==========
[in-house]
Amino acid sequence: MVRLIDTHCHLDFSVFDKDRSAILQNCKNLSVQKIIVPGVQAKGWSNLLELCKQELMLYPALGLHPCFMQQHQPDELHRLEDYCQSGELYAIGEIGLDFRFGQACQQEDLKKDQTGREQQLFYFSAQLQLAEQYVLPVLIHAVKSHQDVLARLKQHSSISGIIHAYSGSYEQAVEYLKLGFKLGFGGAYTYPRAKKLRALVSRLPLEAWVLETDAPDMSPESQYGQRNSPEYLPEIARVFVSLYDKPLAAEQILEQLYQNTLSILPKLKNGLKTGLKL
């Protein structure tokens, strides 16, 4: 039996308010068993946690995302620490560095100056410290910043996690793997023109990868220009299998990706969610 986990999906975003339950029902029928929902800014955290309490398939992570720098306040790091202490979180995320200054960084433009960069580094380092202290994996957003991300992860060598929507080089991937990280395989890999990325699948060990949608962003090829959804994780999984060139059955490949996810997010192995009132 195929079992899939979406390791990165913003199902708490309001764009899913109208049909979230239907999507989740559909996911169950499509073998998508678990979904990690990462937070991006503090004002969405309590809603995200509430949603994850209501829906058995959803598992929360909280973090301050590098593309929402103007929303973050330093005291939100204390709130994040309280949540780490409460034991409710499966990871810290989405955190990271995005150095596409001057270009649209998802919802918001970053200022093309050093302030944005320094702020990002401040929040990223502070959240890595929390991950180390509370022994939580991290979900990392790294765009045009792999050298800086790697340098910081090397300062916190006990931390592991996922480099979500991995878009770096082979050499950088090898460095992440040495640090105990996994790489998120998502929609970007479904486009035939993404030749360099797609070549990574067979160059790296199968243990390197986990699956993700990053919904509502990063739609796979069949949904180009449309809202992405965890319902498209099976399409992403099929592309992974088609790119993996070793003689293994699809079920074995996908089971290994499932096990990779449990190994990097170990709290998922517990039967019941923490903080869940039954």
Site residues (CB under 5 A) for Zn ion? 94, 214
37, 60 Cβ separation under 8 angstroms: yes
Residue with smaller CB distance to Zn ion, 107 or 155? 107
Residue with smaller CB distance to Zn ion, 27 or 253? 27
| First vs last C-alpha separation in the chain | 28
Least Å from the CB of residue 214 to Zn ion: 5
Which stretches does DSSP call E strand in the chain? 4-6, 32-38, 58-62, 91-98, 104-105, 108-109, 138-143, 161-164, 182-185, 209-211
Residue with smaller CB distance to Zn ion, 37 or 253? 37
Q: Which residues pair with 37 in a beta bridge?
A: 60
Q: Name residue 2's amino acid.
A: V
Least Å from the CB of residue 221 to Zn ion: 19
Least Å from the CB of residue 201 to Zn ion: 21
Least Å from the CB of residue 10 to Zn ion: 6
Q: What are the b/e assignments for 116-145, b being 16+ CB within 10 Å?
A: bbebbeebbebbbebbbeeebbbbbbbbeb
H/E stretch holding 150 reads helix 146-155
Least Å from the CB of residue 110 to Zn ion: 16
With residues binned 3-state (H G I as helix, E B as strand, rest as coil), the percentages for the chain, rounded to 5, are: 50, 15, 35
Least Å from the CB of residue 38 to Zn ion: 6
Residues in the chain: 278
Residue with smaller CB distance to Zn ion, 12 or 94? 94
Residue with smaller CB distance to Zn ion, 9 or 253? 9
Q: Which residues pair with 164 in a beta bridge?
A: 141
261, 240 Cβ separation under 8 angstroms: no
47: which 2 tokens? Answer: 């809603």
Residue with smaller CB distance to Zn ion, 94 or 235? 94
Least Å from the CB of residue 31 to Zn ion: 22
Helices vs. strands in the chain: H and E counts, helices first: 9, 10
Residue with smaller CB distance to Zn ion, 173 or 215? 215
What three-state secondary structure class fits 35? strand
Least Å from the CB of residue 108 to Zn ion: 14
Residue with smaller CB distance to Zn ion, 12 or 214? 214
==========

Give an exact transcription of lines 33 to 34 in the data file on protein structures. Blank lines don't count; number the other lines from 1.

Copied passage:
Least Å from the CB of residue 31 to Zn ion: 22
Helices vs. strands in the chain: H and E counts, helices first: 9, 10